While he is away, war breaks out in the province, but Miyagi does not seek refuge elsewhere, so sure is she that her husband will keep his promise and return soon. She bolts her doors and manages to avoid intruders lusting after her renowned beauty (echoes of Penelope). But Katsushiro doesn’t return, needless to say.

At first he seems to make a nice profit in the capital, but then he is waylaid by robbers and loses all his money. He hears that war has broken out and blithely assumes that his wife has been killed. So instead of checking, he returns to Kyoto where he sponges off a rich man. He falls ill so postpones his return till spring, which is fair enough, but then ‘before he knew it seven years had gone by as if in a dream’. Oops! How do seven years just slip by without you noticing? So he finally decides to return home and what is the excuse he gives upon being reunited with his far too patient wife?

I heard that our province was nothing but scorched earth and that horses had trampled every foot of ground. You must have passed away to dust and ashes, I thought, or if not that, I imagined, perhaps you had drowned. Eventually I went back to Kyoto where I managed to live for seven years on other people’s good will. But recently I found myself wondering more and more about old times, and I decided that the least I could do was to return and pay my respects. Even in my wildest dreams, you see, I never imagined that you might still be alive.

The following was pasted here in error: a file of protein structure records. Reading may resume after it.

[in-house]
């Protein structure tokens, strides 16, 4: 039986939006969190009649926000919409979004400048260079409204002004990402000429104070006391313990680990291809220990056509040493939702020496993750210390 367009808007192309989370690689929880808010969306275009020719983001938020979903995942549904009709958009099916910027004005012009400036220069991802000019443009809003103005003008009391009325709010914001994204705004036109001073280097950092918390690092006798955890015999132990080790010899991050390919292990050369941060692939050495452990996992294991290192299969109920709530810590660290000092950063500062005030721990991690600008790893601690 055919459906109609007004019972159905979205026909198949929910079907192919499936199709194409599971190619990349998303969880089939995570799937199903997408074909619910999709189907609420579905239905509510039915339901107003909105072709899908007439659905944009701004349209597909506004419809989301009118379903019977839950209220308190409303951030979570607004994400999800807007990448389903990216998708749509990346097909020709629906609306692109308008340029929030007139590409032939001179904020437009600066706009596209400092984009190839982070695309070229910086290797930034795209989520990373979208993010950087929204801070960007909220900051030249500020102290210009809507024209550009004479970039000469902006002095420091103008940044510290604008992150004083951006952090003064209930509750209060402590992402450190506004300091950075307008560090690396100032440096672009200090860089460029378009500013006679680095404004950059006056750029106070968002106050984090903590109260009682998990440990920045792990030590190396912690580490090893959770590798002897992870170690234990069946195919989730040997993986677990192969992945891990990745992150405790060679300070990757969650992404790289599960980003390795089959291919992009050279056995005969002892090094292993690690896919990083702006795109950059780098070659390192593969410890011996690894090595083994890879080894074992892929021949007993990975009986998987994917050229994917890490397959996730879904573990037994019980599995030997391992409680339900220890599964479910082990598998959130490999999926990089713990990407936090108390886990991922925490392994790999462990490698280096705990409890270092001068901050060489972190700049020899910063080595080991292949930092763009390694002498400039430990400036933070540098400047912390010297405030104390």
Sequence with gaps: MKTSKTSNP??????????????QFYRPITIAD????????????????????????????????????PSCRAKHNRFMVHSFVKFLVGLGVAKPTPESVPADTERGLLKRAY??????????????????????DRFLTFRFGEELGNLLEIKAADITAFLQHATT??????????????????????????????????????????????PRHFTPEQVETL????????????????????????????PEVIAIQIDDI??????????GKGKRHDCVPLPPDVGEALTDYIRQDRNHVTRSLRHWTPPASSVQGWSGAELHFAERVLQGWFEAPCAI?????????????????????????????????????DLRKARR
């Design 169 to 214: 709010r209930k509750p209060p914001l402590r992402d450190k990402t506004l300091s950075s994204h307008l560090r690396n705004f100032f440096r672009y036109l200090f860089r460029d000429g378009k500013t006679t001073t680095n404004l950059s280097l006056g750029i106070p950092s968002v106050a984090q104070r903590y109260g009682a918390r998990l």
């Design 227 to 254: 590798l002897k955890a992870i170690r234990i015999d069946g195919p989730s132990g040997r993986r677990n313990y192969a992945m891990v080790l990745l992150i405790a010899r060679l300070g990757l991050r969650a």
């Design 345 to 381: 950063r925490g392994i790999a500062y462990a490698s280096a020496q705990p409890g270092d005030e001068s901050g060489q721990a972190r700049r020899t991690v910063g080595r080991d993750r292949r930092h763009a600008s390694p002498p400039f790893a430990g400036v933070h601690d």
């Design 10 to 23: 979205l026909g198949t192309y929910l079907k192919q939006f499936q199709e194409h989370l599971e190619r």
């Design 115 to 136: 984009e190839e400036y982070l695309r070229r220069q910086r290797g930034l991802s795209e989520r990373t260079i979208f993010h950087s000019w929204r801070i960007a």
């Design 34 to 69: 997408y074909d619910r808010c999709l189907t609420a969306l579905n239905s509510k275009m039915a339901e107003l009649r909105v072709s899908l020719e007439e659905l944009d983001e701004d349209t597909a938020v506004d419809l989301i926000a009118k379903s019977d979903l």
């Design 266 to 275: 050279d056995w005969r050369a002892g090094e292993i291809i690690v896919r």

She gently chides him (in tones reminiscent of Anne’s passionate defence of women in love in Persuasion): ‘I’m very happy now but you should know that a woman could die of yearning, and a man can never know her agony.’

The story is given as an example of how bitter feudal wars affect ordinary everyday people, and the film version certainly blames the husband more for neglect of the family (there is a child involve too in the film version). But it still leaves a bitter taste in my mouth and makes me be firmly on the side of the uncontrollable female stalker in the story The Lust of the White Serpent. Of course in that story the woman is the dangerous villain and her evil nature has to get exorcised.

That tricky white serpent and her maid throw themselves into a waterfall to escape pursuit.